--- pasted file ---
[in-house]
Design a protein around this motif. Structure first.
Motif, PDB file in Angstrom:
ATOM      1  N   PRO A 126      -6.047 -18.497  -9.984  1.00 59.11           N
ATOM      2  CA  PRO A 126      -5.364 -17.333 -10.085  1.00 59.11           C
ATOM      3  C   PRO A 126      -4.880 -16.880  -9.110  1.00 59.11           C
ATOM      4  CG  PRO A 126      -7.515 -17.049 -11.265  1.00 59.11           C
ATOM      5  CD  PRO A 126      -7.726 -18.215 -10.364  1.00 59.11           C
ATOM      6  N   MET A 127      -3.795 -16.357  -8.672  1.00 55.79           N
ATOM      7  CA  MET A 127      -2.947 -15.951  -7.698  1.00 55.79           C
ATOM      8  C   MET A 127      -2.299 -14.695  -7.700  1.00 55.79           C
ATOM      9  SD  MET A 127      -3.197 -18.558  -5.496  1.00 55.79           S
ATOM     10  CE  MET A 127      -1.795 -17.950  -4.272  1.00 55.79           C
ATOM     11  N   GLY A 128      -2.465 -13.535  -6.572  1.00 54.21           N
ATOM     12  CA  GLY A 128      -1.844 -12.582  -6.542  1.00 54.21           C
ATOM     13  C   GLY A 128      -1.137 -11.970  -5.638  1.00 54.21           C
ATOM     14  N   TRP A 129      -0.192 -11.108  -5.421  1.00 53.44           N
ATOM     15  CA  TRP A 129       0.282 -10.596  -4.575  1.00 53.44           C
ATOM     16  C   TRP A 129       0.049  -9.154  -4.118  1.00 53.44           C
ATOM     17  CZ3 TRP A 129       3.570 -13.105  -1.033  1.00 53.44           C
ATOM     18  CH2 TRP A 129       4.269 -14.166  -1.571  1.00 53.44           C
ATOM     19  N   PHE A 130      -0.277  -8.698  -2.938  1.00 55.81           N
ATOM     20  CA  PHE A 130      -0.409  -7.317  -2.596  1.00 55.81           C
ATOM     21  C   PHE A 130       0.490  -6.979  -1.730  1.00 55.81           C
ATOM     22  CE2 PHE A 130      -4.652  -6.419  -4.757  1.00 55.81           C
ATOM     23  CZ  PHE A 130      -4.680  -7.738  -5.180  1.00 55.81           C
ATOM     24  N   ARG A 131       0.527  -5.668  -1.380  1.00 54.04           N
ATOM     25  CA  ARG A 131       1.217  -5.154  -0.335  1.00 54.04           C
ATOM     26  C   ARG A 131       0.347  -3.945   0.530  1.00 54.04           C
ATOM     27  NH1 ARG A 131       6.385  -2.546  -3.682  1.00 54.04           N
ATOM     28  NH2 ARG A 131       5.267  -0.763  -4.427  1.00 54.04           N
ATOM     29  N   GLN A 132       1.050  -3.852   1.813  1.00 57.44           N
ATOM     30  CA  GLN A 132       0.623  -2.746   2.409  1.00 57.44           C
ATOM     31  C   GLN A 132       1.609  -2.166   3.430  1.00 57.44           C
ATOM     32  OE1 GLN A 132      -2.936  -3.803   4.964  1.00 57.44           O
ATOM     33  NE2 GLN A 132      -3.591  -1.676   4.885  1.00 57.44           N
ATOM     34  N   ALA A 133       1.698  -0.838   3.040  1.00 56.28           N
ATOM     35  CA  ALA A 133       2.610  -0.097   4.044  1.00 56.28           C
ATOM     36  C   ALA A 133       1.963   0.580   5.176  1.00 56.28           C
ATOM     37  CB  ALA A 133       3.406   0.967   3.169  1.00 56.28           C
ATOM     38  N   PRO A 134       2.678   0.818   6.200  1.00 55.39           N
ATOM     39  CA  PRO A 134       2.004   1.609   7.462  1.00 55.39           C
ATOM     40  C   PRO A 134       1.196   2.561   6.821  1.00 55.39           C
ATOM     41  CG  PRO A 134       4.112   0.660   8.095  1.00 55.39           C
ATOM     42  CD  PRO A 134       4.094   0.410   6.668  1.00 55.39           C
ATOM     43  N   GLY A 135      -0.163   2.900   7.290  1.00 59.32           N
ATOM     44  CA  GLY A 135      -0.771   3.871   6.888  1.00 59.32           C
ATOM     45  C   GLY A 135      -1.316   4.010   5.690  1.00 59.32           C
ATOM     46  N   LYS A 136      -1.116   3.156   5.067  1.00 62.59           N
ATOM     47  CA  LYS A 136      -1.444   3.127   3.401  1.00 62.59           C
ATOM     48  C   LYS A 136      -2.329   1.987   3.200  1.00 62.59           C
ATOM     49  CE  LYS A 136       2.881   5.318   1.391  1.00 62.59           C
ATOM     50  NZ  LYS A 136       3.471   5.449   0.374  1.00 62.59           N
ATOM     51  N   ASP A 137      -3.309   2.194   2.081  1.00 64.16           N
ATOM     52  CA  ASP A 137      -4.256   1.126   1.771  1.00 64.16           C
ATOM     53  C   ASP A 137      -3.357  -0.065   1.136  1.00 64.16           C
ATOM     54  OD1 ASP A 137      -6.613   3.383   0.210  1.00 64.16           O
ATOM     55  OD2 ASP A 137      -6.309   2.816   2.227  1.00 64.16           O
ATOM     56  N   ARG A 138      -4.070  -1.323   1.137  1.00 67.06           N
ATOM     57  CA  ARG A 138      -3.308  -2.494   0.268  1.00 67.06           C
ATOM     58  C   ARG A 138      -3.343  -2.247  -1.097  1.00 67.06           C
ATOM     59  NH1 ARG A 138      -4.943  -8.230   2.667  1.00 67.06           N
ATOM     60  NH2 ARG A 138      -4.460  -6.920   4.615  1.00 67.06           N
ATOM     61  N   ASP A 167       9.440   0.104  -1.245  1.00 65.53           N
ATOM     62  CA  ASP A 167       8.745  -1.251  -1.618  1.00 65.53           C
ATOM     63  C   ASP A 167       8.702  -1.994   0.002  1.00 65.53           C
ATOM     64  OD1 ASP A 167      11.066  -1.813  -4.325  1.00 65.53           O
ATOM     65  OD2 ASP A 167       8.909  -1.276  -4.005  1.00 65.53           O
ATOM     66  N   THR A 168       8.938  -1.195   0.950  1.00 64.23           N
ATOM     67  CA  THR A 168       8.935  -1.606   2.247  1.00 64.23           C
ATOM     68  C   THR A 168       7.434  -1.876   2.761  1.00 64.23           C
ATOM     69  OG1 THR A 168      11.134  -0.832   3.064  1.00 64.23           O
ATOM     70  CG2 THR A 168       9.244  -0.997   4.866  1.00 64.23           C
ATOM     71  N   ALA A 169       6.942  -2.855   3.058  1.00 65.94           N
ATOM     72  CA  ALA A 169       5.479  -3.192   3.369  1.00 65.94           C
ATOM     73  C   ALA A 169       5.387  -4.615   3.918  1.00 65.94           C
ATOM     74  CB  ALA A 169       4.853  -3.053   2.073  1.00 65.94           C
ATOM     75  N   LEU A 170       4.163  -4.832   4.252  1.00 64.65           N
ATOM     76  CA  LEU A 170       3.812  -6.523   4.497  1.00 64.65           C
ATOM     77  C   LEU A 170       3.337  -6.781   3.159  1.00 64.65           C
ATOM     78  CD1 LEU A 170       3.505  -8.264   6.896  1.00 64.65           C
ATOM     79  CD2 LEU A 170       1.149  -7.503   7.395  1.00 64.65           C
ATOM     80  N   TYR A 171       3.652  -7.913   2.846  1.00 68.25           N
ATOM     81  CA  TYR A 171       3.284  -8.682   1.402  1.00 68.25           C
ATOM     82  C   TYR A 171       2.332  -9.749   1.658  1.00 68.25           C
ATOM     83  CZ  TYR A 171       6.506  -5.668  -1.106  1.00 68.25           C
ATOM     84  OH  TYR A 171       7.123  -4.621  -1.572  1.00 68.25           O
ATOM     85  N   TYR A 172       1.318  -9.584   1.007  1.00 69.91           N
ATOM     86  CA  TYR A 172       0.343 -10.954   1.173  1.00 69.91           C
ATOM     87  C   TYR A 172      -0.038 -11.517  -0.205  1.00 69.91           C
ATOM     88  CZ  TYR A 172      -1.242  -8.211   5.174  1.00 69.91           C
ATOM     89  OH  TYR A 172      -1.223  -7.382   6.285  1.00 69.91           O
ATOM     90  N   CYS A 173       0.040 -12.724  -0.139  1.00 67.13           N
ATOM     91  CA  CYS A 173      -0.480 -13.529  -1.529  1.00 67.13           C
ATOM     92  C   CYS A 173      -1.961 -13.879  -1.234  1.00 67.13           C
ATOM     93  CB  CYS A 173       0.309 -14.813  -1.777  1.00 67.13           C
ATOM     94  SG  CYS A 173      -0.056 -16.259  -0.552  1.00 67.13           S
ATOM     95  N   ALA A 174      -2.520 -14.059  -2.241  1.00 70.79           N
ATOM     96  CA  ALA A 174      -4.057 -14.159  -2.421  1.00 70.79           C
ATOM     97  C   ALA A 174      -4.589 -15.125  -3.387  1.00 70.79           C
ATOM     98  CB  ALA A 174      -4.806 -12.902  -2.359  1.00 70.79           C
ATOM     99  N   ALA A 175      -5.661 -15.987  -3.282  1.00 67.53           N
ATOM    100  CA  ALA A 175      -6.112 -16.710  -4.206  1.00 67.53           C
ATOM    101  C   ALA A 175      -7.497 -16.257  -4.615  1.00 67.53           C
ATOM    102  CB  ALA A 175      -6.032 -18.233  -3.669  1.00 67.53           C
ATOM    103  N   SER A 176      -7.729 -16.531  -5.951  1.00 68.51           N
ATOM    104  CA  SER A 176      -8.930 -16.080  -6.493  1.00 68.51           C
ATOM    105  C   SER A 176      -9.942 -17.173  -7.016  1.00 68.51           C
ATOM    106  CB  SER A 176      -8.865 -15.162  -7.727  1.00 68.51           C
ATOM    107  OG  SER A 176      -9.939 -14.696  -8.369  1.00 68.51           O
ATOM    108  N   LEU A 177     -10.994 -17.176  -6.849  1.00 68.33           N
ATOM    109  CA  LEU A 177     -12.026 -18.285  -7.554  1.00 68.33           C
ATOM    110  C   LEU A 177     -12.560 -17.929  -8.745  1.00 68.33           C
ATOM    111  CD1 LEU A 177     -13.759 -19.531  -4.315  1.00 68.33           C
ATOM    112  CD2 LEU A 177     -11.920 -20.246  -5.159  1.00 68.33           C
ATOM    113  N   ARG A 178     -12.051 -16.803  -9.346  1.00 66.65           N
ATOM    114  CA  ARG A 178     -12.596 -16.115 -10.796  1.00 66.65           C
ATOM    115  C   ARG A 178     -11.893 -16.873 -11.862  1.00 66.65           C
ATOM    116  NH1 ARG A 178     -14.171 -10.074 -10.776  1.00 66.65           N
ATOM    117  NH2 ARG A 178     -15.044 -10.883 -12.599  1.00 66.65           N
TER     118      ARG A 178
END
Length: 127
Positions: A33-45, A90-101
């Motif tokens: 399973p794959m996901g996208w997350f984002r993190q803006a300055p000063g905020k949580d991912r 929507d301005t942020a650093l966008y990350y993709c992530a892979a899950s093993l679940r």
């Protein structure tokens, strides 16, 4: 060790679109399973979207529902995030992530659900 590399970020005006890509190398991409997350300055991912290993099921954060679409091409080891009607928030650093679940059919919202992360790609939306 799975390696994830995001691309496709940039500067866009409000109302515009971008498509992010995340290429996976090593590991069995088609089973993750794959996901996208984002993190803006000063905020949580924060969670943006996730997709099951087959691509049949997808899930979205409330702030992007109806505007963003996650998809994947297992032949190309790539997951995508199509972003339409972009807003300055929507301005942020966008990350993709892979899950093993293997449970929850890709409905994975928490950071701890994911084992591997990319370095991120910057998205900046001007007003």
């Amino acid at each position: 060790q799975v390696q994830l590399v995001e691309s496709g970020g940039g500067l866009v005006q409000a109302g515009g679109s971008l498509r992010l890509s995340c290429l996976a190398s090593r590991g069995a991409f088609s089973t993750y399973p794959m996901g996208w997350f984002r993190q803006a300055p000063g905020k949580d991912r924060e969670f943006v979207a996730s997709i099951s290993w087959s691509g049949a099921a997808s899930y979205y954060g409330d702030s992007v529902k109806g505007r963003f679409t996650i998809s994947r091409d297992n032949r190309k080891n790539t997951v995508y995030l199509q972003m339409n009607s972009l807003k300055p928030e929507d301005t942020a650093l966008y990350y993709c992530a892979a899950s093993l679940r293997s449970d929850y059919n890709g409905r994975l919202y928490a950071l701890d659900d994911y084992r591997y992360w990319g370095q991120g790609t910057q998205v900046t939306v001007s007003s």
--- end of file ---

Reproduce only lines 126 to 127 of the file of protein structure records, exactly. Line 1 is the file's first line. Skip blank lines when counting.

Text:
């Protein structure tokens, strides 16, 4: 060790679109399973979207529902995030992530659900 590399970020005006890509190398991409997350300055991912290993099921954060679409091409080891009607928030650093679940059919919202992360790609939306 799975390696994830995001691309496709940039500067866009409000109302515009971008498509992010995340290429996976090593590991069995088609089973993750794959996901996208984002993190803006000063905020949580924060969670943006996730997709099951087959691509049949997808899930979205409330702030992007109806505007963003996650998809994947297992032949190309790539997951995508199509972003339409972009807003300055929507301005942020966008990350993709892979899950093993293997449970929850890709409905994975928490950071701890994911084992591997990319370095991120910057998205900046001007007003």
């Amino acid at each position: 060790q799975v390696q994830l590399v995001e691309s496709g970020g940039g500067l866009v005006q409000a109302g515009g679109s971008l498509r992010l890509s995340c290429l996976a190398s090593r590991g069995a991409f088609s089973t993750y399973p794959m996901g996208w997350f984002r993190q803006a300055p000063g905020k949580d991912r924060e969670f943006v979207a996730s997709i099951s290993w087959s691509g049949a099921a997808s899930y979205y954060g409330d702030s992007v529902k109806g505007r963003f679409t996650i998809s994947r091409d297992n032949r190309k080891n790539t997951v995508y995030l199509q972003m339409n009607s972009l807003k300055p928030e929507d301005t942020a650093l966008y990350y993709c992530a892979a899950s093993l679940r293997s449970d929850y059919n890709g409905r994975l919202y928490a950071l701890d659900d994911y084992r591997y992360w990319g370095q991120g790609t910057q998205v900046t939306v001007s007003s």